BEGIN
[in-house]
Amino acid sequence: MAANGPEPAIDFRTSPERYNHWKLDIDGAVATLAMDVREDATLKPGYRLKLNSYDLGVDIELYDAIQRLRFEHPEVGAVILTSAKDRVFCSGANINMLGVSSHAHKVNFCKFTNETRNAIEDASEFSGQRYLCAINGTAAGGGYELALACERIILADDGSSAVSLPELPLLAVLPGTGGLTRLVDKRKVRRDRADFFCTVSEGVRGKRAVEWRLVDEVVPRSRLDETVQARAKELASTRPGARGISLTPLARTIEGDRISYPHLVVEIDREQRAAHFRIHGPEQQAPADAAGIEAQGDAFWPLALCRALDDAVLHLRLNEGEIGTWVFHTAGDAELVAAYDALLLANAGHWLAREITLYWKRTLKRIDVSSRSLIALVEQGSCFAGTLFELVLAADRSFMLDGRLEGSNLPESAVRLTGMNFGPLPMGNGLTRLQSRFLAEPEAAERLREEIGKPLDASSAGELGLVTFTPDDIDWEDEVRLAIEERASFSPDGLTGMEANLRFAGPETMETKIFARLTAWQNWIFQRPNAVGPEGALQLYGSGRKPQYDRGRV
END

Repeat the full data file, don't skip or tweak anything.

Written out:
[in-house]
Amino acid sequence: MAANGPEPAIDFRTSPERYNHWKLDIDGAVATLAMDVREDATLKPGYRLKLNSYDLGVDIELYDAIQRLRFEHPEVGAVILTSAKDRVFCSGANINMLGVSSHAHKVNFCKFTNETRNAIEDASEFSGQRYLCAINGTAAGGGYELALACERIILADDGSSAVSLPELPLLAVLPGTGGLTRLVDKRKVRRDRADFFCTVSEGVRGKRAVEWRLVDEVVPRSRLDETVQARAKELASTRPGARGISLTPLARTIEGDRISYPHLVVEIDREQRAAHFRIHGPEQQAPADAAGIEAQGDAFWPLALCRALDDAVLHLRLNEGEIGTWVFHTAGDAELVAAYDALLLANAGHWLAREITLYWKRTLKRIDVSSRSLIALVEQGSCFAGTLFELVLAADRSFMLDGRLEGSNLPESAVRLTGMNFGPLPMGNGLTRLQSRFLAEPEAAERLREEIGKPLDASSAGELGLVTFTPDDIDWEDEVRLAIEERASFSPDGLTGMEANLRFAGPETMETKIFARLTAWQNWIFQRPNAVGPEGALQLYGSGRKPQYDRGRV